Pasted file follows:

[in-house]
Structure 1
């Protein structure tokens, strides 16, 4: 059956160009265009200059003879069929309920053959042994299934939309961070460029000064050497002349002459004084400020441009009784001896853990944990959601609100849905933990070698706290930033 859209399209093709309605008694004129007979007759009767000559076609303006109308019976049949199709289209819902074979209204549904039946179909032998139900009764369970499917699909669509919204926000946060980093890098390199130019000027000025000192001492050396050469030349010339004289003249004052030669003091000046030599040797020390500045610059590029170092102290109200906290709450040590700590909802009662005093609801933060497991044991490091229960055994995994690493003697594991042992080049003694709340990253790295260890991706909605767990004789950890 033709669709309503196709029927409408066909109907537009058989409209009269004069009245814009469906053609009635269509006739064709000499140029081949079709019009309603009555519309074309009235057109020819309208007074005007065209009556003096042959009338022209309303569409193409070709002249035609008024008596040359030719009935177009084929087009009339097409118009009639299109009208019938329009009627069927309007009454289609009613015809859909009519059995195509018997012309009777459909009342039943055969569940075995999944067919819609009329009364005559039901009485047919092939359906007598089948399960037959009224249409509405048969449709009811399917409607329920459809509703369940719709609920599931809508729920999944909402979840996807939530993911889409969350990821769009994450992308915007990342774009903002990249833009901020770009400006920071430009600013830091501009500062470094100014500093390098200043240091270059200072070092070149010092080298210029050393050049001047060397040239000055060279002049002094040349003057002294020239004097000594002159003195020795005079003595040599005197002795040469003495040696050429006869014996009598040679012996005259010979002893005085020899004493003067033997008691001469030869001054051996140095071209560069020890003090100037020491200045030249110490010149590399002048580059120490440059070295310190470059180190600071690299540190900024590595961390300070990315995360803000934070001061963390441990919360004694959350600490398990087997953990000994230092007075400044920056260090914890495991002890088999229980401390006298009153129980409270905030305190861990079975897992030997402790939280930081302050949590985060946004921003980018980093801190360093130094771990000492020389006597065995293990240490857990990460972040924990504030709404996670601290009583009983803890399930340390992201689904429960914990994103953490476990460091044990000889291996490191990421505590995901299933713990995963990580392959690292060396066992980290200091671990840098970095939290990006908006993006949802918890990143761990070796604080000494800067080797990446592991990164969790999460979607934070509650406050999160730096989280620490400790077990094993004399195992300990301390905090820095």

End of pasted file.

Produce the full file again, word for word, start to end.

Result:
[in-house]
Structure 1
């Protein structure tokens, strides 16, 4: 059956160009265009200059003879069929309920053959042994299934939309961070460029000064050497002349002459004084400020441009009784001896853990944990959601609100849905933990070698706290930033 859209399209093709309605008694004129007979007759009767000559076609303006109308019976049949199709289209819902074979209204549904039946179909032998139900009764369970499917699909669509919204926000946060980093890098390199130019000027000025000192001492050396050469030349010339004289003249004052030669003091000046030599040797020390500045610059590029170092102290109200906290709450040590700590909802009662005093609801933060497991044991490091229960055994995994690493003697594991042992080049003694709340990253790295260890991706909605767990004789950890 033709669709309503196709029927409408066909109907537009058989409209009269004069009245814009469906053609009635269509006739064709000499140029081949079709019009309603009555519309074309009235057109020819309208007074005007065209009556003096042959009338022209309303569409193409070709002249035609008024008596040359030719009935177009084929087009009339097409118009009639299109009208019938329009009627069927309007009454289609009613015809859909009519059995195509018997012309009777459909009342039943055969569940075995999944067919819609009329009364005559039901009485047919092939359906007598089948399960037959009224249409509405048969449709009811399917409607329920459809509703369940719709609920599931809508729920999944909402979840996807939530993911889409969350990821769009994450992308915007990342774009903002990249833009901020770009400006920071430009600013830091501009500062470094100014500093390098200043240091270059200072070092070149010092080298210029050393050049001047060397040239000055060279002049002094040349003057002294020239004097000594002159003195020795005079003595040599005197002795040469003495040696050429006869014996009598040679012996005259010979002893005085020899004493003067033997008691001469030869001054051996140095071209560069020890003090100037020491200045030249110490010149590399002048580059120490440059070295310190470059180190600071690299540190900024590595961390300070990315995360803000934070001061963390441990919360004694959350600490398990087997953990000994230092007075400044920056260090914890495991002890088999229980401390006298009153129980409270905030305190861990079975897992030997402790939280930081302050949590985060946004921003980018980093801190360093130094771990000492020389006597065995293990240490857990990460972040924990504030709404996670601290009583009983803890399930340390992201689904429960914990994103953490476990460091044990000889291996490191990421505590995901299933713990995963990580392959690292060396066992980290200091671990840098970095939290990006908006993006949802918890990143761990070796604080000494800067080797990446592991990164969790999460979607934070509650406050999160730096989280620490400790077990094993004399195992300990301390905090820095």